Unlike what has been previously hypothesized, this study suggests that B cell cross-reactivity to self is not limited to B cells is a shared trait within all polyclonal populations of B cells targeting foreign antigens. The data suggests a model in which a B cell must have strong affinity for a foreign antigen to become activated, but that additional affinity for self-antigen further tunes B cell functionality. Dr. DeBuysscher further summarized their findings. “We found that both mouse and human antigen-specific naïve B cell populations contained cells that were also able to target self-antigens. By splitting the population into cells with high, moderate, and low reactivity to these self-antigens groups, we were able to pinpoint the effects of self-reactivity on B cell response after antigen stimulation.” Moving forward, these results have important implications for vaccine development. “Our data showed that moderate levels of self-reactivity lead to the optimal B cell responses when we vaccinated mice. This work suggests that we can predict which B cells are more likely to respond to candidate vaccines,” DeBuysscher said.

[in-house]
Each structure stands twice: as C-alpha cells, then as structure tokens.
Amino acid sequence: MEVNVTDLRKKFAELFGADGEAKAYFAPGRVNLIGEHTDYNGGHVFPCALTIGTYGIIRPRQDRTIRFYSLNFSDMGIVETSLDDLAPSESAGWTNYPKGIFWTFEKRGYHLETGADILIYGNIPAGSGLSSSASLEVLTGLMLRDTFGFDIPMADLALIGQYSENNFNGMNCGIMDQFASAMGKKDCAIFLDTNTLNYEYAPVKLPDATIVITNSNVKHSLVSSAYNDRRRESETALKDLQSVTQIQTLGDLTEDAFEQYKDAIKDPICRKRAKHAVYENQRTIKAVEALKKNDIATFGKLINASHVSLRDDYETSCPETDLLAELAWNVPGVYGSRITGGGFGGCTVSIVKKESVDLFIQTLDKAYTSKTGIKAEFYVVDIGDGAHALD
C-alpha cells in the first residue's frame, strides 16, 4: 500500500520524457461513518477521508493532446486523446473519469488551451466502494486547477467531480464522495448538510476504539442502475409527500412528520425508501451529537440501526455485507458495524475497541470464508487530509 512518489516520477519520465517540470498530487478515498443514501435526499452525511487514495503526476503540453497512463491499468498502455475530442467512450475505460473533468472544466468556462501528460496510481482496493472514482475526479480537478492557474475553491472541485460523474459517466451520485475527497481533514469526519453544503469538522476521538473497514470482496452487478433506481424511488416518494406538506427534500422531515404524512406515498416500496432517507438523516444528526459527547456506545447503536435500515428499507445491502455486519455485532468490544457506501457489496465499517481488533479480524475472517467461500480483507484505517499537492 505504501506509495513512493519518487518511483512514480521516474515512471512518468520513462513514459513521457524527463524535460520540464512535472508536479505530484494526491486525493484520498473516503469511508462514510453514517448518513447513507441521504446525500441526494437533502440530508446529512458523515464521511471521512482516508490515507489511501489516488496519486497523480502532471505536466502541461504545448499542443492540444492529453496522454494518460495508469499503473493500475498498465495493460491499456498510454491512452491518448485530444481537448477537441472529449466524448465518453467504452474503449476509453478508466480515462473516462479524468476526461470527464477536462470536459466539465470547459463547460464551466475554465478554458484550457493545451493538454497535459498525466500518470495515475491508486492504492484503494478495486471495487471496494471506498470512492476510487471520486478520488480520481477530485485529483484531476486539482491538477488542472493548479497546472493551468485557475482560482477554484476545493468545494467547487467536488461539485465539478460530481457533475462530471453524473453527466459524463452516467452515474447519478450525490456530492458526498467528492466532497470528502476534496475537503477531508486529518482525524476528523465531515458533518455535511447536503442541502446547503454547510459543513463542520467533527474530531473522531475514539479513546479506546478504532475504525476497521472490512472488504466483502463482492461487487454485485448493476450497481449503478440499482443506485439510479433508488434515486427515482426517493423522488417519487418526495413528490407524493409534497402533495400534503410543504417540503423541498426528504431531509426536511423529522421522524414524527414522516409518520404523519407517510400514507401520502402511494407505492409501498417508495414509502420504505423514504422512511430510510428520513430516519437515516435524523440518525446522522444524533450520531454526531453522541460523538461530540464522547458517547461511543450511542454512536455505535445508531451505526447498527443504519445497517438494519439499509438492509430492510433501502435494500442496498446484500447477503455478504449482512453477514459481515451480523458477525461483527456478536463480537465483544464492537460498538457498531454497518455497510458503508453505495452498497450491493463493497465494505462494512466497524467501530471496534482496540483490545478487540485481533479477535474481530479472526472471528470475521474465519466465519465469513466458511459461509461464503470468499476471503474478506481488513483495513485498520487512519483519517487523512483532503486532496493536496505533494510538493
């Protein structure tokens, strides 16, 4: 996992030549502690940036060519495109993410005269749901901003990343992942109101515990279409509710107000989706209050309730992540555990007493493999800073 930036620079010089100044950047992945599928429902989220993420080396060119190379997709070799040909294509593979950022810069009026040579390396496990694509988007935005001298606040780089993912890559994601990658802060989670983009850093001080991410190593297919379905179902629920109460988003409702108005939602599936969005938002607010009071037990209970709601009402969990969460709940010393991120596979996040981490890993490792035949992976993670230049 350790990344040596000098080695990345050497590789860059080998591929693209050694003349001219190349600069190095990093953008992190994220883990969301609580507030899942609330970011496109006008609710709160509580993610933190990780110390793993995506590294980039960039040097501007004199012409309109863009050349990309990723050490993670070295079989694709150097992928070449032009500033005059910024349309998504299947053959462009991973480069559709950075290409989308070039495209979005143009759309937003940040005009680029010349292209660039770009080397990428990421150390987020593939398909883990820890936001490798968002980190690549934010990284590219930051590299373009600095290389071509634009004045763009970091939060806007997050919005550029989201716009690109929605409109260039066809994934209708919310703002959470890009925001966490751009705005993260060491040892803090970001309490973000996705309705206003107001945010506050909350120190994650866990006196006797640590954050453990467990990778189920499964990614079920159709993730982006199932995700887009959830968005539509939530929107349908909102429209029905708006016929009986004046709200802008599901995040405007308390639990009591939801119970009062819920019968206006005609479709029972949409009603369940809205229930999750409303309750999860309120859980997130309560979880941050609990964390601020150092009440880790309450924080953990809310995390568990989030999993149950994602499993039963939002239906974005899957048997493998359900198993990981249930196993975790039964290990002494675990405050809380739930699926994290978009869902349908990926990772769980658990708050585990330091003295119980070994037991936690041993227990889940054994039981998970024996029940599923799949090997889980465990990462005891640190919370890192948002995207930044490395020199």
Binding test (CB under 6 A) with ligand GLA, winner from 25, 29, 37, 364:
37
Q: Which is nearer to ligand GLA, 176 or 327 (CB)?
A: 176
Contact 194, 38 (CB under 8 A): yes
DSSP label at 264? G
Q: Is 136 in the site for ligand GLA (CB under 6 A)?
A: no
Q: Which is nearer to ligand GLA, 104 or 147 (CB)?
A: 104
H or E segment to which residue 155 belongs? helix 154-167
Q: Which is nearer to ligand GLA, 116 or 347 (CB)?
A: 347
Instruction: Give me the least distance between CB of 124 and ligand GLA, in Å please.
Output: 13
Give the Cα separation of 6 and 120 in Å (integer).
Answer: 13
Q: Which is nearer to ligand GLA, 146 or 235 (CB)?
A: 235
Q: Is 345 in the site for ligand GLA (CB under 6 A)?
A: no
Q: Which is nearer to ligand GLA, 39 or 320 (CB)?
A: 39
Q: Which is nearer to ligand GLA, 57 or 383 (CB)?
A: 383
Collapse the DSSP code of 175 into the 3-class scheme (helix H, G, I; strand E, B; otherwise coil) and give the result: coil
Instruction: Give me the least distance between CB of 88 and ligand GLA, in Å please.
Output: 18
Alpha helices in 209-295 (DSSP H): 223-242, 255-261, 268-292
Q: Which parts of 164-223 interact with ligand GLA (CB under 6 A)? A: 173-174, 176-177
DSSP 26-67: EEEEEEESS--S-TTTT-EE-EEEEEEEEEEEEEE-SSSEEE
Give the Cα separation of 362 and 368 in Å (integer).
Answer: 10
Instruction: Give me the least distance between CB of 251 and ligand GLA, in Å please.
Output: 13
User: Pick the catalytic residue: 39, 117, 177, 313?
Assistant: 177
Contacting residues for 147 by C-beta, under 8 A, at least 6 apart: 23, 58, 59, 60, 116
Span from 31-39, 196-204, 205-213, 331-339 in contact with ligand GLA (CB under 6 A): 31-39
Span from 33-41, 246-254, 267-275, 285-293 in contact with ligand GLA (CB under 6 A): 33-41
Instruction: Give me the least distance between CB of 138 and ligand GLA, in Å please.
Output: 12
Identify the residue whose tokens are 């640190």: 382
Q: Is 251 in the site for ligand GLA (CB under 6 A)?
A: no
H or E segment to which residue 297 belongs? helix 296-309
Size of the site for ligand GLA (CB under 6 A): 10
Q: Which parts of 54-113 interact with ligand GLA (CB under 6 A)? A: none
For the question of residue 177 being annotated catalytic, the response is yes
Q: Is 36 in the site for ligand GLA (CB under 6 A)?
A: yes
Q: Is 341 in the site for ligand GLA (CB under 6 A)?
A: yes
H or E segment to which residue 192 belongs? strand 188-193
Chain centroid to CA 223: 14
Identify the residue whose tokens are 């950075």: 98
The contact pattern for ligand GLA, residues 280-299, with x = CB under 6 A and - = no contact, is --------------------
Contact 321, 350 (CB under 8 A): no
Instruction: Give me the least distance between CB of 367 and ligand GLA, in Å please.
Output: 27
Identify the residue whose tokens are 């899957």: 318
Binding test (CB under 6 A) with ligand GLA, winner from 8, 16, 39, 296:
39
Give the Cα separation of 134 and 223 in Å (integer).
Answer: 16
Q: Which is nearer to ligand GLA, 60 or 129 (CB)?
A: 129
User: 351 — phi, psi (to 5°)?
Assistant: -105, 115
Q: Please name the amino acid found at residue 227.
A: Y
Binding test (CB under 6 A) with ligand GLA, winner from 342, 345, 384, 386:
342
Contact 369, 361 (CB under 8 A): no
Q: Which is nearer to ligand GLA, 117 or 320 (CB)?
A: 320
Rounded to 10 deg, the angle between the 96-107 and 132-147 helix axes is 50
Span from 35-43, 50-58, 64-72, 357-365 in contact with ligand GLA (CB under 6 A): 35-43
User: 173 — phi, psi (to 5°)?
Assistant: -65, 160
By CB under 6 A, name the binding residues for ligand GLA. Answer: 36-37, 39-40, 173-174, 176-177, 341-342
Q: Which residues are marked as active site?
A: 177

This work was supported by the National Institutes of Health.
UW/Fred Hutch Cancer Consortium member Justin Taylor contributed to this work.
Steach HR, DeBuysscher BL, Schwartz A, Boonyaratanakornkit J, Baker ML, Tooley MR, Pease NA, Taylor. 2020. Cross-Reactivity with Self-Antigen Tunes the Functional Potential of Naive B Cells Specific for Foreign Antigens. Journal of Immunology. 2020 Feb 1;204(3):498-509. doi: 10.4049/jimmunol.1900799. Epub 2019 Dec 27.